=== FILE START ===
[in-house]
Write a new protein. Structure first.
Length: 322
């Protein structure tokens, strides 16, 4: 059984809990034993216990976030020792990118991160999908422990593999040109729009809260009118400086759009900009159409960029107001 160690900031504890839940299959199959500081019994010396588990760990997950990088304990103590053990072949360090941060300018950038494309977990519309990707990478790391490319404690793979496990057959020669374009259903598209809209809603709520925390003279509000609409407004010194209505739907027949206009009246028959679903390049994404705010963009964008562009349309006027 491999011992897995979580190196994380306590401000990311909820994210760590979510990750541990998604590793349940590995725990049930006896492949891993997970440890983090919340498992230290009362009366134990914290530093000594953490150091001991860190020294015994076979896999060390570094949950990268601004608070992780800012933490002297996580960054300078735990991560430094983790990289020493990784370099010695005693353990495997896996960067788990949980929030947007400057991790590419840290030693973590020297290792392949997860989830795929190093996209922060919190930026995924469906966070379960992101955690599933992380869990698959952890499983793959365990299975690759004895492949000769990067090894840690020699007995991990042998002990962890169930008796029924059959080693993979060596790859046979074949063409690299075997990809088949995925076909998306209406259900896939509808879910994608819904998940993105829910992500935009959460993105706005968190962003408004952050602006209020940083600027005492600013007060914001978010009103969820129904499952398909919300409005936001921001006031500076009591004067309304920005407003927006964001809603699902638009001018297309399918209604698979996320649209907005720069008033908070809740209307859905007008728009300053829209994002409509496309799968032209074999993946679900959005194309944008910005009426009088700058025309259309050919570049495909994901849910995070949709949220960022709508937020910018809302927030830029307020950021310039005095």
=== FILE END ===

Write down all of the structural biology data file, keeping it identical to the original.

[in-house]
Write a new protein. Structure first.
Length: 322
């Protein structure tokens, strides 16, 4: 059984809990034993216990976030020792990118991160999908422990593999040109729009809260009118400086759009900009159409960029107001 160690900031504890839940299959199959500081019994010396588990760990997950990088304990103590053990072949360090941060300018950038494309977990519309990707990478790391490319404690793979496990057959020669374009259903598209809209809603709520925390003279509000609409407004010194209505739907027949206009009246028959679903390049994404705010963009964008562009349309006027 491999011992897995979580190196994380306590401000990311909820994210760590979510990750541990998604590793349940590995725990049930006896492949891993997970440890983090919340498992230290009362009366134990914290530093000594953490150091001991860190020294015994076979896999060390570094949950990268601004608070992780800012933490002297996580960054300078735990991560430094983790990289020493990784370099010695005693353990495997896996960067788990949980929030947007400057991790590419840290030693973590020297290792392949997860989830795929190093996209922060919190930026995924469906966070379960992101955690599933992380869990698959952890499983793959365990299975690759004895492949000769990067090894840690020699007995991990042998002990962890169930008796029924059959080693993979060596790859046979074949063409690299075997990809088949995925076909998306209406259900896939509808879910994608819904998940993105829910992500935009959460993105706005968190962003408004952050602006209020940083600027005492600013007060914001978010009103969820129904499952398909919300409005936001921001006031500076009591004067309304920005407003927006964001809603699902638009001018297309399918209604698979996320649209907005720069008033908070809740209307859905007008728009300053829209994002409509496309799968032209074999993946679900959005194309944008910005009426009088700058025309259309050919570049495909994901849910995070949709949220960022709508937020910018809302927030830029307020950021310039005095």